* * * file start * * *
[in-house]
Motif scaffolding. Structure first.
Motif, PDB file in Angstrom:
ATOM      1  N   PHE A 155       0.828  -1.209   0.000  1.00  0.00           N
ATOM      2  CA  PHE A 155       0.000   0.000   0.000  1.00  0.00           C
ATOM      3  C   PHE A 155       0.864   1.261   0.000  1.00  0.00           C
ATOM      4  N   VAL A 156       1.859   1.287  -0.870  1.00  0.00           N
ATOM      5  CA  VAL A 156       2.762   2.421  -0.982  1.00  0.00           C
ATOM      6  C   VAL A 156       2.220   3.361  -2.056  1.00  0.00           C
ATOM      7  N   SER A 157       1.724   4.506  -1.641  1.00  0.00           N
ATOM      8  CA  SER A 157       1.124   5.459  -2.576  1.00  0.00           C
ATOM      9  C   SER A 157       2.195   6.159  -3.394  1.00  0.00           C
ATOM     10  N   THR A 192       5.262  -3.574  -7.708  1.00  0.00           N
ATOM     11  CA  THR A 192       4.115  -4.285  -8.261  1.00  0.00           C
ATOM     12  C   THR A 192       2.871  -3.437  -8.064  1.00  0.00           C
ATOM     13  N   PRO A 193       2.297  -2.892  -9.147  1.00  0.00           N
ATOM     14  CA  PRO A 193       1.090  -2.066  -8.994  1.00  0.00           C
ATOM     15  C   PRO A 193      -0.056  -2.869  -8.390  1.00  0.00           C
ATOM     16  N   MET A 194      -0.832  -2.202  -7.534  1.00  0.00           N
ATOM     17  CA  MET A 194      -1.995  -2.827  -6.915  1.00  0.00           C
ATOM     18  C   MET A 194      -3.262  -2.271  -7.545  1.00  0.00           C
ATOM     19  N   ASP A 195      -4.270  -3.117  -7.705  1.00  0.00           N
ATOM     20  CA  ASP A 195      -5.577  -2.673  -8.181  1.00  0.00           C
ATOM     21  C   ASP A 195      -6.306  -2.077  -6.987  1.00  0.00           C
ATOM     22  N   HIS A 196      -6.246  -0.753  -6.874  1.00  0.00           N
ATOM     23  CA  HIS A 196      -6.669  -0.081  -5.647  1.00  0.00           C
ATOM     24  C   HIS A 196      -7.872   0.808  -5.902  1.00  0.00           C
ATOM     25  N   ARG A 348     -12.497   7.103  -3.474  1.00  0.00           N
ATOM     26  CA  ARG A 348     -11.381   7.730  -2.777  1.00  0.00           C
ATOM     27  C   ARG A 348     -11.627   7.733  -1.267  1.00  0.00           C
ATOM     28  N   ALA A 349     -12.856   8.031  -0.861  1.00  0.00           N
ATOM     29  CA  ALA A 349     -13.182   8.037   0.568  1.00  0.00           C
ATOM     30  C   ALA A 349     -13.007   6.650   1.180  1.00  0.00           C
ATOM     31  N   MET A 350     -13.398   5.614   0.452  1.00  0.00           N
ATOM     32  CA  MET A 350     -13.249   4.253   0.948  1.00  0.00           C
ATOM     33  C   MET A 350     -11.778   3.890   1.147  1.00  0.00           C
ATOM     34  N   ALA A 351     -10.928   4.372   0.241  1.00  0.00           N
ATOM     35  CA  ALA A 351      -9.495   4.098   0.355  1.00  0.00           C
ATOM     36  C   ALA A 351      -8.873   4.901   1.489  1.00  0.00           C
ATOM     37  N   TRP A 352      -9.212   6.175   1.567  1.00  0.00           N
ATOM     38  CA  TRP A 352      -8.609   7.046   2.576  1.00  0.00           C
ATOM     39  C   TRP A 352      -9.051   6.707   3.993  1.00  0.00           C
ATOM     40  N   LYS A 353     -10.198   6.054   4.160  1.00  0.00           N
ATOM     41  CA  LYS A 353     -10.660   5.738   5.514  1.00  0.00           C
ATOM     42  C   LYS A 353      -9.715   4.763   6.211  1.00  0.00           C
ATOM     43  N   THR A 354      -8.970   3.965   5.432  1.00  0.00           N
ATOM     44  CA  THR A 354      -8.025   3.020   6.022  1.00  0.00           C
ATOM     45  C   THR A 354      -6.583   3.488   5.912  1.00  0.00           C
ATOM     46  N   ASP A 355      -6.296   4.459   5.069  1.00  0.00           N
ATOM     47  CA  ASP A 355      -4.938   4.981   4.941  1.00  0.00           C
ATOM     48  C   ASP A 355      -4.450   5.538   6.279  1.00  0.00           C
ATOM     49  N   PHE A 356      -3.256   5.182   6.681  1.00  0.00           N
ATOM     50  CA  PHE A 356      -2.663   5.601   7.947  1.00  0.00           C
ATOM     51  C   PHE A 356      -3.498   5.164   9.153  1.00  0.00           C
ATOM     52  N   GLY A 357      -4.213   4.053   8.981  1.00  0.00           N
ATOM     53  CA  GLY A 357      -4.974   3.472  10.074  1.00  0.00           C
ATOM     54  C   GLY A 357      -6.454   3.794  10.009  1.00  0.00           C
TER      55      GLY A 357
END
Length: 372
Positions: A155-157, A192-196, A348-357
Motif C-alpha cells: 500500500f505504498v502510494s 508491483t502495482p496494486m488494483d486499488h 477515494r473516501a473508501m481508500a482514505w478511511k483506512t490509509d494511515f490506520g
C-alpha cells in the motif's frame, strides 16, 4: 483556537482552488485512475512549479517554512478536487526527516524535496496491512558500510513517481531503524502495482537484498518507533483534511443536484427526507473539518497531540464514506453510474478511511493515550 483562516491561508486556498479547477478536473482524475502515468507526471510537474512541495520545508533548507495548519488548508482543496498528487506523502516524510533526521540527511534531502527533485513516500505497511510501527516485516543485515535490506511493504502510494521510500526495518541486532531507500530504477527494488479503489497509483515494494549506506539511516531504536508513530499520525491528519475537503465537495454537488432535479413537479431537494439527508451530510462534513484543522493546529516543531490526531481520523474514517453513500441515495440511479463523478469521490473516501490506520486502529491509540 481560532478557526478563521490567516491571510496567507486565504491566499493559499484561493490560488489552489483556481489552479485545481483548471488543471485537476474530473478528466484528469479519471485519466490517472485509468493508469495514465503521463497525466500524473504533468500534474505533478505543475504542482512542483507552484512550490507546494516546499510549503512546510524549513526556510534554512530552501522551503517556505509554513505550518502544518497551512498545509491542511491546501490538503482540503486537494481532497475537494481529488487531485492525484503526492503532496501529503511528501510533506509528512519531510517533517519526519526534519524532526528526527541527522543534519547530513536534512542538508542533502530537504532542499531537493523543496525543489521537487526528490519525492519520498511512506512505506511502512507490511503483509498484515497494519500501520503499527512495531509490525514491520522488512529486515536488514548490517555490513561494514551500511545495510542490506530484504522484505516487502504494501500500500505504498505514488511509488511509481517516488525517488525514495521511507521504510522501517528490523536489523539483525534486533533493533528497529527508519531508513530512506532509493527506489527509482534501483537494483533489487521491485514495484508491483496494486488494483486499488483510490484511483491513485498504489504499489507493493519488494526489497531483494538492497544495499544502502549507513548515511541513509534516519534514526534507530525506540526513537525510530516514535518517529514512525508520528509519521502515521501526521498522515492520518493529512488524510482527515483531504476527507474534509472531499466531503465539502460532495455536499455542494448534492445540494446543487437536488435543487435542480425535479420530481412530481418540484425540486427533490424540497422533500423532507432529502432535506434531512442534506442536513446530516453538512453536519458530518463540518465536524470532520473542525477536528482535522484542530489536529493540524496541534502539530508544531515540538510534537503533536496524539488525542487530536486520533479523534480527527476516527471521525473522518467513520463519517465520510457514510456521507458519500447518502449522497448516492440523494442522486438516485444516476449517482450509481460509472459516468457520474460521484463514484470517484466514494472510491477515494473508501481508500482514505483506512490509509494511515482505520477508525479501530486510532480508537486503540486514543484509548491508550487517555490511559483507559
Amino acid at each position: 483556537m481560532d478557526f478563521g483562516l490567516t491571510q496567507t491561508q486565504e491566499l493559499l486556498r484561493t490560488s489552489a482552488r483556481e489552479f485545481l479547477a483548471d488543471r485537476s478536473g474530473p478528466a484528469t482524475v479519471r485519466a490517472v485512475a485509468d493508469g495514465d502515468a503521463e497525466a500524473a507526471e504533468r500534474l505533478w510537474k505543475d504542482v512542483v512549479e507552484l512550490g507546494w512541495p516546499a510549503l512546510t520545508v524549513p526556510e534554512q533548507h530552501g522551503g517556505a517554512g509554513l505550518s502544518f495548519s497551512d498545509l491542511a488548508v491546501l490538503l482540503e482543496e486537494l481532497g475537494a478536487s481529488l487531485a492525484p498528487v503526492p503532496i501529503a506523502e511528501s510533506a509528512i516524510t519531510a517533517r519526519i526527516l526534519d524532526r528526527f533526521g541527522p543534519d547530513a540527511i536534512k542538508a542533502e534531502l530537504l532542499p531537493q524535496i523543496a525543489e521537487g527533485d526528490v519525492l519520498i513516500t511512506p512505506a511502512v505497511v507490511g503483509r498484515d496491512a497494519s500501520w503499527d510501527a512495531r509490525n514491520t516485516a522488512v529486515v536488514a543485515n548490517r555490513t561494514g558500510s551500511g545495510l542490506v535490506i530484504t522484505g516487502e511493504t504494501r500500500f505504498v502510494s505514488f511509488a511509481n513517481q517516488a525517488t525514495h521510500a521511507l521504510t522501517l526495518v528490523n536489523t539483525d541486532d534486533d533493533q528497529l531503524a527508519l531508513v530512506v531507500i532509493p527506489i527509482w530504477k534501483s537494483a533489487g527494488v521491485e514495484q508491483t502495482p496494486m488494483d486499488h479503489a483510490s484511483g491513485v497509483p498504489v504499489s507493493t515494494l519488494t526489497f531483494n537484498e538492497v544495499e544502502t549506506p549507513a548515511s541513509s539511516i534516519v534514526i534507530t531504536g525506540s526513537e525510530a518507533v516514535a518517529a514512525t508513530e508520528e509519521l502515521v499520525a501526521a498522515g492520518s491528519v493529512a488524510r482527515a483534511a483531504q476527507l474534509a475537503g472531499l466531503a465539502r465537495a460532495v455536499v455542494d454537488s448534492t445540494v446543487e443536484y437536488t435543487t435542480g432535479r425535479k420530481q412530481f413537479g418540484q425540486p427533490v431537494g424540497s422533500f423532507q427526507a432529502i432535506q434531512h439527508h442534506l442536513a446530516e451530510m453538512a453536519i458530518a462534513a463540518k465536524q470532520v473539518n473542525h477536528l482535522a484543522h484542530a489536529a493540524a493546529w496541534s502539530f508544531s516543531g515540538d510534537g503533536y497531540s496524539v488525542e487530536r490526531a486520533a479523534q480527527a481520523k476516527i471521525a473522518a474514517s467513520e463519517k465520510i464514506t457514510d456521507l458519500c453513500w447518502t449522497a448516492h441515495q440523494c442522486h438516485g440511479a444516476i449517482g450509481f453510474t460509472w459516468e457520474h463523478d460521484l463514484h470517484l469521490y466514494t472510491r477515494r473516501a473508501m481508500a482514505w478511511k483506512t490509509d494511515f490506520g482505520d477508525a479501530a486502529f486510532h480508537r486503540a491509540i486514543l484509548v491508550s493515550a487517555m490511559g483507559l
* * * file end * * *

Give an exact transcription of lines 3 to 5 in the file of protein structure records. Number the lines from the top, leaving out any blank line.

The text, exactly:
Motif, PDB file in Angstrom:
ATOM      1  N   PHE A 155       0.828  -1.209   0.000  1.00  0.00           N
ATOM      2  CA  PHE A 155       0.000   0.000   0.000  1.00  0.00           C